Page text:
Examples include Western European, Central European, Arabic, Cyrillic,
Hebrew, Greek, and Turkish.
The character sets use an 8-bit character encoding scheme which is
compatible with the ASCII character set.
.It Unicode
The Unicode character set is the full set of known abstract characters of
all real-world scripts.  It can be used in environments where multiple
scripts must be processed simultaneously.
Unicode is compatible with ISO 8859-1 (Western European) and ASCII.
Many character encoding schemes are available for Unicode, including UTF-8,
UTF-16 and UTF-32.
These encoding schemes are multi-byte encodings.
The UTF-8 encoding scheme uses 8-bit, variable-width encodings which is
compatible with ASCII.
The UTF-16 encoding scheme uses 16-bit, variable-width encodings.
The UTF-32 encoding scheme using 32-bit, fixed-width encodings.
.El
.Ss Font Sets
A font set contains the glyphs to be displayed on the screen for a
corresponding character in a character set.
A display must support a suitable font to display a character set.
If suitable fonts are available to the X server, then X clients can
include support for different character sets.
.Xr xterm 1
includes support for Unicode with UTF-8 encoding.
.Xr xfd 1
is useful for displaying all the characters in an X font.
.Pp
The
.Nx
.Xr wscons 4
console provides support for loading fonts using the
.Xr wsfontload 8
utility.
Currently, only fonts for the ISO8859-1 family of character sets are
supported.
.Ss Internationalization for Programmers
To facilitate translations of messages into various languages and to
make the translated messages available to the program based on a
user's locale, it is necessary to keep messages separate from the
programs and provide them in the form of message catalogs that a
program can access at run time.
.Pp
Access to locale information is provided through the
.Xr setlocale 3
and
.Xr nl_langinfo 3
interfaces.
See their respective man pages for further information.
.Pp
Message source files containing application messages are created by
the programmer and converted to message catalogs.
These catalogs are used by the application to retrieve and display
messages, as needed.
.Pp
.Nx
supports two message catalog interfaces: the X/Open
.Xr catgets 3
interface and the Uniforum
.Xr gettext 3
interface.
The
.Xr catgets 3
interface has the advantage that it belongs to a standard which is
well supported.
Unfortunately the interface is complicated to use and
maintenance of the catalogs is difficult.
The implementation also doesn't support different character sets.
The
.Xr gettext 3
interface has not been standardized yet, however it is being supported
by an increasing number of systems.
It also provides many additional tools which make programming and
catalog maintenance much easier.
.Ss Support for Multi-byte Encodings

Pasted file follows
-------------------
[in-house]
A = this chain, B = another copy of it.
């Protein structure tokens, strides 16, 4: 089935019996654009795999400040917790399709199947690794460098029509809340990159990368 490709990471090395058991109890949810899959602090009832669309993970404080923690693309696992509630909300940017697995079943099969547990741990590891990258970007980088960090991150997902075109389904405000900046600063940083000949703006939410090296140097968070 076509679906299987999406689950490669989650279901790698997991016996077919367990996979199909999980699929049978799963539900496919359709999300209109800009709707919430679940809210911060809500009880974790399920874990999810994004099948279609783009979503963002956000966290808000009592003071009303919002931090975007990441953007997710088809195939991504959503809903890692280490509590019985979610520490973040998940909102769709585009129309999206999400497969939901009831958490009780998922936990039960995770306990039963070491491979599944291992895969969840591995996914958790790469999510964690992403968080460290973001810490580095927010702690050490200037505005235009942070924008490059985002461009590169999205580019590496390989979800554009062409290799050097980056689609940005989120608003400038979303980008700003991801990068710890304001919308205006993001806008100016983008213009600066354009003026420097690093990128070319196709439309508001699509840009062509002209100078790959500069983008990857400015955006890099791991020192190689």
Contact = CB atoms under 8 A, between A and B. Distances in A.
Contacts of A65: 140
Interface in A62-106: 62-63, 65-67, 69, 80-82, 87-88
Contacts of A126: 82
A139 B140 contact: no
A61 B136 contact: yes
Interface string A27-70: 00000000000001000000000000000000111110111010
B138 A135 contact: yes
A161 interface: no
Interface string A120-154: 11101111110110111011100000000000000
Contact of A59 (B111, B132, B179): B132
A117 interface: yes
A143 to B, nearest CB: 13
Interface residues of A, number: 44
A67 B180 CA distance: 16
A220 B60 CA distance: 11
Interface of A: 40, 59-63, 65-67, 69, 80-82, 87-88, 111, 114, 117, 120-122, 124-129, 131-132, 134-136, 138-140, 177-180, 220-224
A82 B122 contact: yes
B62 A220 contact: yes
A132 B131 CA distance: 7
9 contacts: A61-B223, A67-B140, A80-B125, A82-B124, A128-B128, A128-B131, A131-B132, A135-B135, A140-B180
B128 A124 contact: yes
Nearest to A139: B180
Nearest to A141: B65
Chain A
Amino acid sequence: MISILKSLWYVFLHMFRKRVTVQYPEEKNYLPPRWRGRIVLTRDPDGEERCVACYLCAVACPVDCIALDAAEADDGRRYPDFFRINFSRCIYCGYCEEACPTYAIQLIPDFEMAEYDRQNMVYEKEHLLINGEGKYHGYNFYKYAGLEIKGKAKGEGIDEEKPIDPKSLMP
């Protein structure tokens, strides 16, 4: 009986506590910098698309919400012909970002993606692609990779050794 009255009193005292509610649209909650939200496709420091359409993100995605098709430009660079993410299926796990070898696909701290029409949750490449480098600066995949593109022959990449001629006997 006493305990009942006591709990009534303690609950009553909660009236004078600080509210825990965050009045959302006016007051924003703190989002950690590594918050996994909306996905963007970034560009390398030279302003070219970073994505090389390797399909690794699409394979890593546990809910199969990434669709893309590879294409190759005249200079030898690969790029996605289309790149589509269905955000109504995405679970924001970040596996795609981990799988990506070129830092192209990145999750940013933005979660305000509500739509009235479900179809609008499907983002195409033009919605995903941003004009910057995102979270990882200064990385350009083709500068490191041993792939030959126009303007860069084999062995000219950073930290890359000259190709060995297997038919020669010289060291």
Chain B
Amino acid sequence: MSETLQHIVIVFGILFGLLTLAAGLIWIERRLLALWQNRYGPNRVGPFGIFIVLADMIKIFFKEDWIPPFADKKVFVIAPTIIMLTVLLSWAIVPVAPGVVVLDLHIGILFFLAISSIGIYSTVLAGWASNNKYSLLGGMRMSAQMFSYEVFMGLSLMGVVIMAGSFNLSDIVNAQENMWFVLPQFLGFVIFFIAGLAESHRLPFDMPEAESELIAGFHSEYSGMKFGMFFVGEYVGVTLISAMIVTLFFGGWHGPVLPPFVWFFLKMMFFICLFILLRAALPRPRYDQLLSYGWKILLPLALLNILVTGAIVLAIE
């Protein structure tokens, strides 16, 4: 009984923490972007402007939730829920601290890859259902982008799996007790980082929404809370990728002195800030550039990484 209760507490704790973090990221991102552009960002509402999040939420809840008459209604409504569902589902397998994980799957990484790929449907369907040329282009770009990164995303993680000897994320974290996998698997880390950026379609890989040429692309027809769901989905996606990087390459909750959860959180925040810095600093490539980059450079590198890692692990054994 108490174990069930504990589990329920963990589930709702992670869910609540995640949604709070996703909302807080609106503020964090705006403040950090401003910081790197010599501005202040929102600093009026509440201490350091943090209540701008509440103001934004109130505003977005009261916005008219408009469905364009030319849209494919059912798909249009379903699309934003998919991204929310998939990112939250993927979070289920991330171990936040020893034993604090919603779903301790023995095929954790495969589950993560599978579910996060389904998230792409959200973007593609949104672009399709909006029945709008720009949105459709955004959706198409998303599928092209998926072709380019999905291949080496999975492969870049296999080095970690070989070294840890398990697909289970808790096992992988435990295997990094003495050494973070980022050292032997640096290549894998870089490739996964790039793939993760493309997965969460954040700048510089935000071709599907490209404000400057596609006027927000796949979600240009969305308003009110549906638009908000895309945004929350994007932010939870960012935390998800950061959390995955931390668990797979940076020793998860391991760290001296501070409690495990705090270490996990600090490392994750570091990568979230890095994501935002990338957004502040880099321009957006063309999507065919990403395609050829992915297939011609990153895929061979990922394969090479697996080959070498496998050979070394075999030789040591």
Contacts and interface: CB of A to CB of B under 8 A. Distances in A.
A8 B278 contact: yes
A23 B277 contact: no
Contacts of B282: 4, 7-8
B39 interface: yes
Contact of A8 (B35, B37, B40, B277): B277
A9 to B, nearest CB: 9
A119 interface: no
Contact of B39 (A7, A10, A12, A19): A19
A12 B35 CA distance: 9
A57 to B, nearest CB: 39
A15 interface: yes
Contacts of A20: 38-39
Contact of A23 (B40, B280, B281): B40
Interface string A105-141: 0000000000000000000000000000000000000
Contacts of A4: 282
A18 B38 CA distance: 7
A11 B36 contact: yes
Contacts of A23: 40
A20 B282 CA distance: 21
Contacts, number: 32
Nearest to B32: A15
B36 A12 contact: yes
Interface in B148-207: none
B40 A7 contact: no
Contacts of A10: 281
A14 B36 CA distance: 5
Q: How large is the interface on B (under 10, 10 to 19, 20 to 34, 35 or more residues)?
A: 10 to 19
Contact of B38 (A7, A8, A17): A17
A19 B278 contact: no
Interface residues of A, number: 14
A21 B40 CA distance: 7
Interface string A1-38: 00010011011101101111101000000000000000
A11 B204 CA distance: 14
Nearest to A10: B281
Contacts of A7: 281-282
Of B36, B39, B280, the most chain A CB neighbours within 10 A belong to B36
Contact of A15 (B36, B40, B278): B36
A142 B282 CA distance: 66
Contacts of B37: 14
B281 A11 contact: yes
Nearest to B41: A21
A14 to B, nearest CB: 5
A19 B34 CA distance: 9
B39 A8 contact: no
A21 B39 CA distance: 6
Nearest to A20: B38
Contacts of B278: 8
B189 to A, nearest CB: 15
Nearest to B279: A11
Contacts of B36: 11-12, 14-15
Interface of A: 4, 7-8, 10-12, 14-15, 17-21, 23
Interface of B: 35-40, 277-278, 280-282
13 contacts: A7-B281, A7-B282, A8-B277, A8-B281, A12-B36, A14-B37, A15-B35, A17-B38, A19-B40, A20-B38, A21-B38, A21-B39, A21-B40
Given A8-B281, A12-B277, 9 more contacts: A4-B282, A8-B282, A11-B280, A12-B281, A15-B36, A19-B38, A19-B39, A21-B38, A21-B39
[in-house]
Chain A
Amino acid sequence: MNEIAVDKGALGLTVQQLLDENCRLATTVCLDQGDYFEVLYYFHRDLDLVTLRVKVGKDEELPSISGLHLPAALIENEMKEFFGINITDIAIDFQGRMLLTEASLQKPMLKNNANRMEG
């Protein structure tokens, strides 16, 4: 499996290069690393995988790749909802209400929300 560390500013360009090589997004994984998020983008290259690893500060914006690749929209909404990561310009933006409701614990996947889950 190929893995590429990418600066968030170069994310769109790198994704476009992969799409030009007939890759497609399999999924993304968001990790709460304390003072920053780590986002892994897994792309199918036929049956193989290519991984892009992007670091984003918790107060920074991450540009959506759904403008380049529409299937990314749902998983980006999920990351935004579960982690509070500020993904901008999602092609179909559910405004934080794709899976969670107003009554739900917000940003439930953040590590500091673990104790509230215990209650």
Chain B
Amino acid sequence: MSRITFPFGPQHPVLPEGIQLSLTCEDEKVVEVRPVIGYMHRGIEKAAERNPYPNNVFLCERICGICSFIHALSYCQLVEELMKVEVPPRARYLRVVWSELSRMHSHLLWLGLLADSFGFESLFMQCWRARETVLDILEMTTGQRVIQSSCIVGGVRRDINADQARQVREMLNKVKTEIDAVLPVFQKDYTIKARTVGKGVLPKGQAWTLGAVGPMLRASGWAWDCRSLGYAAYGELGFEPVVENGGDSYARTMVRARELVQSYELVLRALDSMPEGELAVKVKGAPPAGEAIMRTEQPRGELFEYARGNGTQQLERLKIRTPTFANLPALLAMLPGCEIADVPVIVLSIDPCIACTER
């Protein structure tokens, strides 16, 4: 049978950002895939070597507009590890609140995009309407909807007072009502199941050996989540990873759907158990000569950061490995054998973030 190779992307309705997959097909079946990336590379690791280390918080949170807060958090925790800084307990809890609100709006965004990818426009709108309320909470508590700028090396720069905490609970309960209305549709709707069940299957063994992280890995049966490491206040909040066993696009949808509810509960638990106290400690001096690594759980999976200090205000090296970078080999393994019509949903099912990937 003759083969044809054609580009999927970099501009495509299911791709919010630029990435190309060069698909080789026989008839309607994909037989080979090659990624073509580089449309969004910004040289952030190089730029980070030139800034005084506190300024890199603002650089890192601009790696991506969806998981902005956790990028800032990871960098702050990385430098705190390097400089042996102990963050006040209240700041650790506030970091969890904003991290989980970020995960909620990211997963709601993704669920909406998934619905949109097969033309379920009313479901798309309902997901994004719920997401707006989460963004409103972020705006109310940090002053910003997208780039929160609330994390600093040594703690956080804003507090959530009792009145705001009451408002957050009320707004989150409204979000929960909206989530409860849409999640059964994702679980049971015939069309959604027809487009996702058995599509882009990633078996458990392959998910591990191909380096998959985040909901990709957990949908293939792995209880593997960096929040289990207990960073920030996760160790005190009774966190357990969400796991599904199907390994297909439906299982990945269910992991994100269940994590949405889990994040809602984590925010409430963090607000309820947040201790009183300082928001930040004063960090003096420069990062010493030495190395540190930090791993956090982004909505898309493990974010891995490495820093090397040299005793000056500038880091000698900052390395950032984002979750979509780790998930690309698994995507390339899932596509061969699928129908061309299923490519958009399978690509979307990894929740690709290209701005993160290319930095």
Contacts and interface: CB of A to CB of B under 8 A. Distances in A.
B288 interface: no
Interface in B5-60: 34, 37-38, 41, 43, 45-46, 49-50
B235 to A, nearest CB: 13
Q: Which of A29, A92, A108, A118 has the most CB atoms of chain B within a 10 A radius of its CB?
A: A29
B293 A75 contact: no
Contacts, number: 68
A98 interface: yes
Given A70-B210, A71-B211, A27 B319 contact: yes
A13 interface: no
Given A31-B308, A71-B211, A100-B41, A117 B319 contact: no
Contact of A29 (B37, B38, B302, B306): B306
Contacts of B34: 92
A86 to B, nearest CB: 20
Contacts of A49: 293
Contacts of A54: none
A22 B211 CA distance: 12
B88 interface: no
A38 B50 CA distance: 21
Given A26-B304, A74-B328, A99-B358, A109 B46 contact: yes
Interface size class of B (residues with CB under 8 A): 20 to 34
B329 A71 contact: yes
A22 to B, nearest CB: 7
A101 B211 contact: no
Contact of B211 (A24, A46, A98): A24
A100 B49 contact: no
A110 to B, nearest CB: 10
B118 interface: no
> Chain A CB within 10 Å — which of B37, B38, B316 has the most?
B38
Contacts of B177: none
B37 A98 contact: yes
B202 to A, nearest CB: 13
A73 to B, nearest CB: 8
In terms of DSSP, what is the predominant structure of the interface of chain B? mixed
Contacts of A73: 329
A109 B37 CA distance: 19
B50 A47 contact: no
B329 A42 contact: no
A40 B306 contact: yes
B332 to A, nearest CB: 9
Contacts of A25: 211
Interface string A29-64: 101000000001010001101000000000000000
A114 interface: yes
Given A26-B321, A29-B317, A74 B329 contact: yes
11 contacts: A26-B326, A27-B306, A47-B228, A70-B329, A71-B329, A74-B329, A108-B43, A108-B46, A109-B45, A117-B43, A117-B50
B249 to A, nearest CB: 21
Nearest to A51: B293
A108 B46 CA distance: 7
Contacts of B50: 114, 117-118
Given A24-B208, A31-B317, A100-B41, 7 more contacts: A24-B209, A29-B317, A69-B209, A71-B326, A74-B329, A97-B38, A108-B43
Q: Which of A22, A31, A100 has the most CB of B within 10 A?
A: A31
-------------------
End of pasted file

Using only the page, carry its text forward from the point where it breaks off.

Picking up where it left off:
Some character sets with multi-byte encodings may be difficult to decode,
or may contain state (i.e., adjacent characters are dependent).
ISO C specifies a set of functions using 'wide characters' which can handle
multi-byte encodings properly.
The behaviour of these functions is affected
by the
.Ev LC_CTYPE
category of the current locale.
.Pp
A wide character is specified in ISO C
as being a fixed number of bits wide and is stateless.
There are two types for wide characters:
.Em wchar_t
and
.Em wint_t .
.Em wchar_t
is a type which can contain one wide character and operates like 'char'
type does for one character.
.Em wint_t
can contain one wide character or WEOF (wide EOF).
.Pp
There are functions that operate on
.Em wchar_t ,
and substitute for functions operating on 'char'.
See
.Xr wmemchr 3
and
.Xr towlower 3
for details.
There are some additional functions that operate on
.Em wchar_t .
See
.Xr wctype 3
and
.Xr wctrans 3
for details.
.Pp
Wide characters should be used for all I/O processing which may rely
on locale-specific strings.
The two primary issues requiring special use of wide characters are:
.Bl -bullet -offset indent
.It
All I/O is performed using multibyte characters.
Input data is converted into wide characters immediately after
reading and data for output is converted from wide characters to
multi-byte encoding immediately before writing.
Conversion is controlled by the
.Xr mbstowcs 3 ,
.Xr mbsrtowcs 3 ,
.Xr wcstombs 3 ,
.Xr wcsrtombs 3 ,
.Xr mblen 3 ,
.Xr mbrlen 3 ,
and
.Xr  mbsinit 3 .
.It
Wide characters are used directly for I/O, using
.Xr getwchar 3 ,
.Xr fgetwc 3 ,
.Xr getwc 3 ,
.Xr ungetwc 3 ,
.Xr fgetws 3 ,
.Xr putwchar 3 ,
.Xr fputwc 3 ,
.Xr putwc 3 ,
and
.Xr fputws 3 .
They are also used for formatted I/O functions for wide characters
such as
.Xr fwscanf 3 ,
.Xr wscanf 3 ,
.Xr swscanf 3 ,
.Xr fwprintf 3 ,
.Xr wprintf 3 ,
.Xr swprintf 3 ,
.Xr vfwprintf 3 ,
.Xr vwprintf 3 ,
and
.Xr vswprintf 3 ,
and wide character identifier of %lc, %C, %ls, %S for conventional
formatted I/O functions.
.El
.Sh SEE ALSO
.Xr gencat 1 ,
.Xr xfd 1 ,
.Xr xterm 1 ,
.Xr catgets 3 ,
.Xr gettext 3 ,
.Xr nl_langinfo 3 ,
.Xr setlocale 3 ,
.Xr wsfontload 8
.Sh BUGS
This man page is incomplete.